BY ROB SALERNO – With Madonna scheduled to perform in St Petersburg, Russia, this August, some queer activists were calling on Madge to cancel the show in protest of the city’s recently passed law banning the public display or discussion of homosexuality, under threat of fines ranging from $170 to $16,700.
But the queen of pop has so far refused (and with tickets ranging from $100 to $575, she’s got a pretty compelling financial motive), instead vowing to use the concert to protest the law and agitate for gay rights in Russia.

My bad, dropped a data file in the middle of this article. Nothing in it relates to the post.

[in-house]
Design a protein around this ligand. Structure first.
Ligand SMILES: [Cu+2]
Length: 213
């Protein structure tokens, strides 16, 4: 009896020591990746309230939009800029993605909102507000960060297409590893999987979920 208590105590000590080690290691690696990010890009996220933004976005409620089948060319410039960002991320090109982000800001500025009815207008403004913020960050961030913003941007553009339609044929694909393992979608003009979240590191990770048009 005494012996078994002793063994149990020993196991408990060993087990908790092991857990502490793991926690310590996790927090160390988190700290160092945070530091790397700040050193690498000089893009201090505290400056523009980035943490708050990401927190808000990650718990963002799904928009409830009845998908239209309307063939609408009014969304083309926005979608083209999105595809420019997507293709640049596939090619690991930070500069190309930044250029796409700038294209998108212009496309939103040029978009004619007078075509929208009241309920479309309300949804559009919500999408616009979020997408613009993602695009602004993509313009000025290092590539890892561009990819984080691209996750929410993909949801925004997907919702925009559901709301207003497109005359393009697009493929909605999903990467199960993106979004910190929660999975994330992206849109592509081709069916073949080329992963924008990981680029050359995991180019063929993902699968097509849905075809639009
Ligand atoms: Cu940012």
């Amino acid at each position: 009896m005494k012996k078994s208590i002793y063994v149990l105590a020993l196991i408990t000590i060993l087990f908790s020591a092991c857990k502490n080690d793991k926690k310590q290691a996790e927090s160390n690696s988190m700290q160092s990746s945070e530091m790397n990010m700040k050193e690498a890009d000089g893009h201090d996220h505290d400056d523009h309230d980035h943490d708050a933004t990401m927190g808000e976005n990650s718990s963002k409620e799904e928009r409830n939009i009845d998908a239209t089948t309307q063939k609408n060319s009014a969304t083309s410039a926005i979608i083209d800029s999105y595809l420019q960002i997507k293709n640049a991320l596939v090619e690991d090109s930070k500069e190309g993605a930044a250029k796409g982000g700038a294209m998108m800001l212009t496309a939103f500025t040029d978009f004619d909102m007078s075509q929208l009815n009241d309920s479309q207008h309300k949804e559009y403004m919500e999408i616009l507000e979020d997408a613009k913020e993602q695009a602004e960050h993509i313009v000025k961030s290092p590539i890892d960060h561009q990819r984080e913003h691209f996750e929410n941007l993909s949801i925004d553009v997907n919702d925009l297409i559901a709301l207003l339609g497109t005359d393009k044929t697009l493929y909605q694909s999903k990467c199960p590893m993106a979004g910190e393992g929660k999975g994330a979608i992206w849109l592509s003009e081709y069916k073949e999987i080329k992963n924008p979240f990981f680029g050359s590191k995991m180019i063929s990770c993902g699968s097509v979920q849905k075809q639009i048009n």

"I will come to St. Petersburg to speak up for the gay community, to
support the gay community and to give strength and inspiration to anyone
who is or feels oppressed,” Madonna wrote on her Facebook page. “I don’t run away from adversity. I will speak during my show about this ridiculous atrocity."
Now St Petersburg lawmakers are vowing to charge Madonna under the law if she speaks up for gay rights.
"I’m ready to personally suffer a couple of hours of her concert,” city assemblyman Vitaly Milanov says.
Apparently, Madonna’s status as the reigning queen of pop does not confer diplomatic immunity.
At the moment, Russia’s LGBT activists appear to be divided, with some planning to picket Madonna’s show and others hopeful that she’ll help foster dialogue about gay rights in the mainstream.